Just like if a music artist uses a sample of a previous song in his track, any art that contains direct elements of previous intellectual property must be used legally and with credit given to the original creator. An example of this can be found in MC Hammer’s bold use of Rick James’ Super Freak in his own U Can’t Touch This, which contains a repeated line of music from James’ song. Rick James filed a lawsuit against MC and eventually settled the dispute outside of court when MC agreed to credit James as a songwriter. The use of A.I. involves performing the same task, admittedly on a much larger scale with abundant data, which raises the question of whether it is actually creating anything new or if it is simply compiling human creations, acquired legally and sometimes illegally. The resulting works may be indistinguishable when mixed using A.I., but “indistinguishable” is just A.I.’s disguise for “not original”.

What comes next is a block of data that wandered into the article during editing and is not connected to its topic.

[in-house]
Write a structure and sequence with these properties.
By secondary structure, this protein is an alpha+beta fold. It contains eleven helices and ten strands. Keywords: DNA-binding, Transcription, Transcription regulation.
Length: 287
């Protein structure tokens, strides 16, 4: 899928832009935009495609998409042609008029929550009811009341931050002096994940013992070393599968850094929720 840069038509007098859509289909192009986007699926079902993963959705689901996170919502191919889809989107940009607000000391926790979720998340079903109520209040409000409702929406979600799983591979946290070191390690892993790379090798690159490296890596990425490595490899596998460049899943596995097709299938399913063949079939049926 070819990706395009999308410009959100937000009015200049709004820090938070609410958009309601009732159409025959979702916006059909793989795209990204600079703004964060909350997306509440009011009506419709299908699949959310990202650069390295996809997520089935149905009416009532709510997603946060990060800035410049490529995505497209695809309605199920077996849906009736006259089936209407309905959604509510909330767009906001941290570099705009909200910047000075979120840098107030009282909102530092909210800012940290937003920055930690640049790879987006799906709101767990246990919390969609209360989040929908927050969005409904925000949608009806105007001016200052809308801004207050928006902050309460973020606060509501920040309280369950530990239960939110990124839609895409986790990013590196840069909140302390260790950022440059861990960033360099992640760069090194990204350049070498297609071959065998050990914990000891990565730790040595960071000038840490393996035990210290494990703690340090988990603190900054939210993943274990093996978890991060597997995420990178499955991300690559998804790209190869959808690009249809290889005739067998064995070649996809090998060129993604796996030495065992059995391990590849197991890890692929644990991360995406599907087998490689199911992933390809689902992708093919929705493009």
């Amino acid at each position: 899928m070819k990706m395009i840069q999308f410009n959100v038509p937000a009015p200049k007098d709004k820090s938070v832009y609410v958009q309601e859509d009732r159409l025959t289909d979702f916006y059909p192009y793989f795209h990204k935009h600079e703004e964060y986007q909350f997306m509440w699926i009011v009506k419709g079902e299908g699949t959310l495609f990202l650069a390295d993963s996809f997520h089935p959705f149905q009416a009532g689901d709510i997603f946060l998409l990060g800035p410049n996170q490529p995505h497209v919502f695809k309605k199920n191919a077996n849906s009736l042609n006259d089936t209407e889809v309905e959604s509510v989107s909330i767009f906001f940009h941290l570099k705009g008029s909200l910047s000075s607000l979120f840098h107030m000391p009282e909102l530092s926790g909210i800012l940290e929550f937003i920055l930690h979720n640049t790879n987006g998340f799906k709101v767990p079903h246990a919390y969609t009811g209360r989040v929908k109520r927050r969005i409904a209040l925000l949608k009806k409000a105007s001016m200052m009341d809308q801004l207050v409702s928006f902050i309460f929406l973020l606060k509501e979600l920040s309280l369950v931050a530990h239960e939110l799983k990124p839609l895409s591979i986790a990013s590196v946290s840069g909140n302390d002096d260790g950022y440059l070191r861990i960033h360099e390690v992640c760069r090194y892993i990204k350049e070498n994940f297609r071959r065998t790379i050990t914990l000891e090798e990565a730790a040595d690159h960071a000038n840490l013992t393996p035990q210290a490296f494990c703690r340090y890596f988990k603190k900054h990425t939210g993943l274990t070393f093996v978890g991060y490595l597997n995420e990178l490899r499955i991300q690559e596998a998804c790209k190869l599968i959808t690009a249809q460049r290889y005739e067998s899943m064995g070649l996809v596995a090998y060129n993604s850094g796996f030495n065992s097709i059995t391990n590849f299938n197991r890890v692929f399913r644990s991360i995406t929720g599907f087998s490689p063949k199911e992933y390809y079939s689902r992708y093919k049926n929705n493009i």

It’s clear to see how art forms and methods are very often threatened but prove to never fully be overtaken. The truth will be the same for Human Art, as it is threatened by A.I. Art.


Shahriar, S. (2022). GAN computers generate arts? a survey on visual arts, music, and literary text generation using generative adversarial network. Displays, 102237.

Getty Images Statement. (2023, January 17). Getty Images Statement. Getty Images Press Site – Newsroom – Getty Images.

Yang, R. Are the Artists no Longer Needed in the AI Age?. International Journal of Education and Management, 274.

Ana Santos Rutschman. (2018, March 15). Stephen Hawking warned about the perils of artificial intelligence – yet AI gave him a voice. The Conversation.